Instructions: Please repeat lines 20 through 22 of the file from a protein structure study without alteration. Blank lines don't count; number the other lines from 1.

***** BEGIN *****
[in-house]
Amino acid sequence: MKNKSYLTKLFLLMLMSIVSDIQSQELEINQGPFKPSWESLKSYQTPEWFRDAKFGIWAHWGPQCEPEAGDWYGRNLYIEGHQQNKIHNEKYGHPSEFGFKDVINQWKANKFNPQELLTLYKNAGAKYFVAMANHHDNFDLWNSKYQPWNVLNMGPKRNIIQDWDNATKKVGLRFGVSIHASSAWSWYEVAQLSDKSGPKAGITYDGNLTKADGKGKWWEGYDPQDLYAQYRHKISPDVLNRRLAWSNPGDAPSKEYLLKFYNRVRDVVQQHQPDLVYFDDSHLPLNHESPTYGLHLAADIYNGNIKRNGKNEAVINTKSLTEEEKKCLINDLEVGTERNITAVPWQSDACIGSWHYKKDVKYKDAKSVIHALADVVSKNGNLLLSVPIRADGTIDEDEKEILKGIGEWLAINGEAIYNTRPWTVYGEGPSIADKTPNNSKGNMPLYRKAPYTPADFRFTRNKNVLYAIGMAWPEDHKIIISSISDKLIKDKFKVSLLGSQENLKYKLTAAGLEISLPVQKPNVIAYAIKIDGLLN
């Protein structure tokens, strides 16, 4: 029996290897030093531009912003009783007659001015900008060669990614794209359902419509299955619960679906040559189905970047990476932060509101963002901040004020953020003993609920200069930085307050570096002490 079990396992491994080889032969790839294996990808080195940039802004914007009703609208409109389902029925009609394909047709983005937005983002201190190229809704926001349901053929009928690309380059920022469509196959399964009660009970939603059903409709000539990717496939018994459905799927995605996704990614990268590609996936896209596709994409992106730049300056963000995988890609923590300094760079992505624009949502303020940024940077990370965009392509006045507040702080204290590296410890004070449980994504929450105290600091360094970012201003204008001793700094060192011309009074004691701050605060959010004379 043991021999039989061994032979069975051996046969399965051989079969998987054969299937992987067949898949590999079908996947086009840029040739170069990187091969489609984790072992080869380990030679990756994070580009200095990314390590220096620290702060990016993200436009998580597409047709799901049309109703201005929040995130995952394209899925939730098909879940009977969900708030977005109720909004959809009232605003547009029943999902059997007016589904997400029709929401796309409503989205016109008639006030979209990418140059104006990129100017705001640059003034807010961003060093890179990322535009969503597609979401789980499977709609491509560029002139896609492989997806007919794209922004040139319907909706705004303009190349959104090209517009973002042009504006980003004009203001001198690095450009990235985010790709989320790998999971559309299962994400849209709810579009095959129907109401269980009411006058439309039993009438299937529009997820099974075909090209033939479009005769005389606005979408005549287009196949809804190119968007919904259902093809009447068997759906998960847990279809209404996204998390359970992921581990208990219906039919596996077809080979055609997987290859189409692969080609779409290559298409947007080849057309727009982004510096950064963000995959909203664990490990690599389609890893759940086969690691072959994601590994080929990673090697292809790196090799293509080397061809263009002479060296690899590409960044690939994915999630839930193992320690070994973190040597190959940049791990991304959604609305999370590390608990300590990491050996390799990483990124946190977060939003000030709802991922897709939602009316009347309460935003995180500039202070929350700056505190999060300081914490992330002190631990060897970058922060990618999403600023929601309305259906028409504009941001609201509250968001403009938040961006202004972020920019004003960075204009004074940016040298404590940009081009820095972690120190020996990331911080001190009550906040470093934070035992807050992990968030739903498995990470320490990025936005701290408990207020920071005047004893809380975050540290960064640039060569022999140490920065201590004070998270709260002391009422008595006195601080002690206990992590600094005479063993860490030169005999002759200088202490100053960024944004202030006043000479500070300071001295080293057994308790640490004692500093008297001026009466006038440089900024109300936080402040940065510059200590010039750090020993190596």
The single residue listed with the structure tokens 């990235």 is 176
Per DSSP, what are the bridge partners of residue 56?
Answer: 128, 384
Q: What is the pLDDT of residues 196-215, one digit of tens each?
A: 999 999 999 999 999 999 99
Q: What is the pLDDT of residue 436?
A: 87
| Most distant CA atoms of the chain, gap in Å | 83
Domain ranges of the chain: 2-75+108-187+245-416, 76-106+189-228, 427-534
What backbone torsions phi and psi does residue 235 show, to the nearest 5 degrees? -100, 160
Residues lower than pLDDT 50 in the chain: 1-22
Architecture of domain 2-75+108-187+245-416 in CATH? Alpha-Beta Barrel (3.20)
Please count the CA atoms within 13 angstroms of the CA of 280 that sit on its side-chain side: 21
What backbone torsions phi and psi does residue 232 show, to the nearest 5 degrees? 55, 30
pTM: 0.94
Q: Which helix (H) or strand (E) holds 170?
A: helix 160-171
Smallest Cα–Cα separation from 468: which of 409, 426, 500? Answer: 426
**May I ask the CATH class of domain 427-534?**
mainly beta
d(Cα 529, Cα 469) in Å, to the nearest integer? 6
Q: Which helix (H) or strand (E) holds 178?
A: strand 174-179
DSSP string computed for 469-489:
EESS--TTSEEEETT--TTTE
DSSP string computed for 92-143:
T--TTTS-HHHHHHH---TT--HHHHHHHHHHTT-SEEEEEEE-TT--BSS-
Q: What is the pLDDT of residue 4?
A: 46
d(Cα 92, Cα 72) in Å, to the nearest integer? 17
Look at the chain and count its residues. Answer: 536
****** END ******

A: helix 160-171
Smallest Cα–Cα separation from 468: which of 409, 426, 500? Answer: 426
**May I ask the CATH class of domain 427-534?**